if a promise can reasonably be expected to induce reliance, and it in fact does, then the promissor can be estopped from denying the contract. that part's simple--this is clearly a promissory estoppel case and reliance is appropriate to the extent that justice requires.
reliance expenditures is what is important. the court will not put a value on the 'benefit' she received from the vacation. she did exactly what her uncle's promise intended to induce her to do.
the injustice is not relative to someone's idea of whether a vacation is a good thing. it's relative to her having done exactly what the promise called for, and having spent money in the process with the understanding that she would receive the benefit of the promise.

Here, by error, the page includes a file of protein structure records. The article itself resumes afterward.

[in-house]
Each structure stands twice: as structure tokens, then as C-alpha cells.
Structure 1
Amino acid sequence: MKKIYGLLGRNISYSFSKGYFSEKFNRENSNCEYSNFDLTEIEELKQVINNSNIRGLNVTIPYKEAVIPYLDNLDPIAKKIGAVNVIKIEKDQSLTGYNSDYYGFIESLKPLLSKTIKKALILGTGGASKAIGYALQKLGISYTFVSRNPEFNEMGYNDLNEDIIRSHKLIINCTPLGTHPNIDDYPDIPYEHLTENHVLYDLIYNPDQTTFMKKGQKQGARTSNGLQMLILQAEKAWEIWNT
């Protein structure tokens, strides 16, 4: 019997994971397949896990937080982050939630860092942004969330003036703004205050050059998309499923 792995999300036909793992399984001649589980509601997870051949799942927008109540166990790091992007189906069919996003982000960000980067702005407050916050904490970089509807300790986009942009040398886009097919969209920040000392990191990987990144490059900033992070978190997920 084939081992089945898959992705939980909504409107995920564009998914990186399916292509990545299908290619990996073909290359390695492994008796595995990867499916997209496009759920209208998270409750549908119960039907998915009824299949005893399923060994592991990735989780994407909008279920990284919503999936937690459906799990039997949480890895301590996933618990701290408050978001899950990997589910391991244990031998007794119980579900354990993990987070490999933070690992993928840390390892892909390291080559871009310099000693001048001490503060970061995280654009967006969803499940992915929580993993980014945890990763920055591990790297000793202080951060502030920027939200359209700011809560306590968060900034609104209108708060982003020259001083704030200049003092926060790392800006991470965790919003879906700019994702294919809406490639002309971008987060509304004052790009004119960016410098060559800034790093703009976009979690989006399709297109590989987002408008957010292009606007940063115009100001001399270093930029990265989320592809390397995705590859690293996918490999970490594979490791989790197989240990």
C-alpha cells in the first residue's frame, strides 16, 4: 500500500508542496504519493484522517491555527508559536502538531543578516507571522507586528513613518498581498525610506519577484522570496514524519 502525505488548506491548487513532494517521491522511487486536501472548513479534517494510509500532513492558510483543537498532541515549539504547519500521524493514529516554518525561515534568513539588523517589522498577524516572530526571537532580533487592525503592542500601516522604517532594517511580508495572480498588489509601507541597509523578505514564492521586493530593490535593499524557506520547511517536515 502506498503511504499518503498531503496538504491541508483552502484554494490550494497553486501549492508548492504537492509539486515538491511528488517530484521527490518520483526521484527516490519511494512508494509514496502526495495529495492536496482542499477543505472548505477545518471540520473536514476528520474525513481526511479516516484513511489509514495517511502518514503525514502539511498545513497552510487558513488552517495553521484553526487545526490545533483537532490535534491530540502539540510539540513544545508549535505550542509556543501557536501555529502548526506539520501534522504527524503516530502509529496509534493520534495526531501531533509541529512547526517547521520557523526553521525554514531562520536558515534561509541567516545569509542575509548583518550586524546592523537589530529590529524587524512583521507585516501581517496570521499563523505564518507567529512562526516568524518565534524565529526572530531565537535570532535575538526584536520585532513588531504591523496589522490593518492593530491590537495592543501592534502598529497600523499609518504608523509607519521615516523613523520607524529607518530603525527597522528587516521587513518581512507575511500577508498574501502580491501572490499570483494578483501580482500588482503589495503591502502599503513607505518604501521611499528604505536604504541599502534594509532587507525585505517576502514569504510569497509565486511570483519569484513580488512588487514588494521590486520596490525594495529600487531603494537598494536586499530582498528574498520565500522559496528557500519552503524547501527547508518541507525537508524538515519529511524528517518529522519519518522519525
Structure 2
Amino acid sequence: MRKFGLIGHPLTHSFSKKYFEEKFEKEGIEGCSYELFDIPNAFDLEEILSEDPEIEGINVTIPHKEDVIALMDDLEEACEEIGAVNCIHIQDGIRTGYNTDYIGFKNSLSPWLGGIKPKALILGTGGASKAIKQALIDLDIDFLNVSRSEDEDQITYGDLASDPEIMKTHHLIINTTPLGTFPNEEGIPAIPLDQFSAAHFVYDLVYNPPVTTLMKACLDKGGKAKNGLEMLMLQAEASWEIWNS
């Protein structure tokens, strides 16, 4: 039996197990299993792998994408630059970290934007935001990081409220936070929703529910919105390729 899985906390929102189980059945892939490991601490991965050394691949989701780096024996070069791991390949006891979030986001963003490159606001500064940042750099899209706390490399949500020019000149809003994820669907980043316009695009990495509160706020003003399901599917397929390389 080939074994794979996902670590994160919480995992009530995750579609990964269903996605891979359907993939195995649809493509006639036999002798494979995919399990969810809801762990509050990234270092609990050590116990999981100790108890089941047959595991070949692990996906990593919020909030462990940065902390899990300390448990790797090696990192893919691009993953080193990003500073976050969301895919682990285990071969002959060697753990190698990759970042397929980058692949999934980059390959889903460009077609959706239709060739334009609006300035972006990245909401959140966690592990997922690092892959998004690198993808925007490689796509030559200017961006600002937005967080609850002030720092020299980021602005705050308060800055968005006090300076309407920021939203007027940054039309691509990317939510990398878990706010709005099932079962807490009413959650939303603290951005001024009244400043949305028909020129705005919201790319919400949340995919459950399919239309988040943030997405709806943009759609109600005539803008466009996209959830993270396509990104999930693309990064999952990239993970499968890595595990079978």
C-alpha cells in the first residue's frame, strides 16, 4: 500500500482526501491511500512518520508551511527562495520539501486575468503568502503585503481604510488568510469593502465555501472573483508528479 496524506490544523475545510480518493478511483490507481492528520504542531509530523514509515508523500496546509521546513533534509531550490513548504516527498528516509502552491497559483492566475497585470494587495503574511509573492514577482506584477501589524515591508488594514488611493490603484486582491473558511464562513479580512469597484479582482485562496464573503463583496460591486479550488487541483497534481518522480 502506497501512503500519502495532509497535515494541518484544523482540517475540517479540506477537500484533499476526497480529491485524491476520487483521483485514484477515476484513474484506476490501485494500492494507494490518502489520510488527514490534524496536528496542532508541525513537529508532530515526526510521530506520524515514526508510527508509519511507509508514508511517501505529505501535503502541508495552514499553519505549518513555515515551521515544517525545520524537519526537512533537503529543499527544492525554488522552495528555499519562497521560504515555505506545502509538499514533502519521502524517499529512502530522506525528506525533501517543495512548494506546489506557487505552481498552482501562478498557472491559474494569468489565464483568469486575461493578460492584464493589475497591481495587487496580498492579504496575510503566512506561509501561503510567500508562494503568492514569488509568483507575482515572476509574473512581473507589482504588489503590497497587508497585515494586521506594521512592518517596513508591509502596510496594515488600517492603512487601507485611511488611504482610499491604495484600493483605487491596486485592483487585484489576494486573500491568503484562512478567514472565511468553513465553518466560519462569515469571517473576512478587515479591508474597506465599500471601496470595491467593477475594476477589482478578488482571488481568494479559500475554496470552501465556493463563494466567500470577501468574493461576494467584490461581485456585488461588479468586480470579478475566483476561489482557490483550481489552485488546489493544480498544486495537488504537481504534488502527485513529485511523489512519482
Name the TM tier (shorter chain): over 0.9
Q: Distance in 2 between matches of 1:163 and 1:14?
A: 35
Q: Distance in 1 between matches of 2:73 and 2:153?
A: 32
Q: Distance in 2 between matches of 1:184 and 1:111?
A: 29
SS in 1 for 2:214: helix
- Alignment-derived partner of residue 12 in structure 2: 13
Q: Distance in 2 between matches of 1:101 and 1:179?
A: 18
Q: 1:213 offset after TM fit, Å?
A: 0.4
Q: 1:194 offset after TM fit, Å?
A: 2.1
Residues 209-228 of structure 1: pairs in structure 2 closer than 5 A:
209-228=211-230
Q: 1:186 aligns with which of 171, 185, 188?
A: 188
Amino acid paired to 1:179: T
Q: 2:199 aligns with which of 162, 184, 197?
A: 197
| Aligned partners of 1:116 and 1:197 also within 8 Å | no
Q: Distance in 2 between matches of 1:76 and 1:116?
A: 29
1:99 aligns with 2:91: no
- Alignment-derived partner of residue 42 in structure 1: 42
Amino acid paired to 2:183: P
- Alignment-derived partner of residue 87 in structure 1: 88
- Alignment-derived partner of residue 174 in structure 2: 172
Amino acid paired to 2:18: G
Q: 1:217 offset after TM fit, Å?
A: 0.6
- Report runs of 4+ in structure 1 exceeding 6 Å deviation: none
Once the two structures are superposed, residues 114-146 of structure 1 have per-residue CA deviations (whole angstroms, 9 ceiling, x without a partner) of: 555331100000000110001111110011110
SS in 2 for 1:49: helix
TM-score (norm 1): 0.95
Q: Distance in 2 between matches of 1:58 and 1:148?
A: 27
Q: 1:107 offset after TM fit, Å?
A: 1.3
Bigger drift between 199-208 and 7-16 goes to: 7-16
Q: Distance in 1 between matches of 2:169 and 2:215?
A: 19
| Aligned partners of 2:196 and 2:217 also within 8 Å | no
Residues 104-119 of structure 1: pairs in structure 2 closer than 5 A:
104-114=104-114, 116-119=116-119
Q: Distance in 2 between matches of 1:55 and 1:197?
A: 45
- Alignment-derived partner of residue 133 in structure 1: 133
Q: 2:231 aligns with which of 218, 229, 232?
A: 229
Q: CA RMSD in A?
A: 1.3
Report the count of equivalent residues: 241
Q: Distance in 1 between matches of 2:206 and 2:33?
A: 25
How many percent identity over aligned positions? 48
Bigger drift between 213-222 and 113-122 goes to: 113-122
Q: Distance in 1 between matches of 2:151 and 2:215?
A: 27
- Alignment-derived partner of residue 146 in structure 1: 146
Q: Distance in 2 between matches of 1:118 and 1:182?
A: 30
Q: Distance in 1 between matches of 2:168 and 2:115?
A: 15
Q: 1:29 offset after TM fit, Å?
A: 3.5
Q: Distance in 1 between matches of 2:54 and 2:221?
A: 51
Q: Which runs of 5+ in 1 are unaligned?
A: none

the injustice is in causing her to take an expensive vacation, which she might not have otherwise taken in order to be prudent with her money, and then denying to reimburse her for her expenses. i agree that it would be an injustice to give her more than her reliance expenses (the full 10k if she actually spent less), so she probably could only receive damages for the amount she can prove she spent.
the courts do rule like this (they don't care if it was a vacation, or a healthy lifestyle, or a new car, etc)... see Hammer v. Sidway and any promissory estoppel case.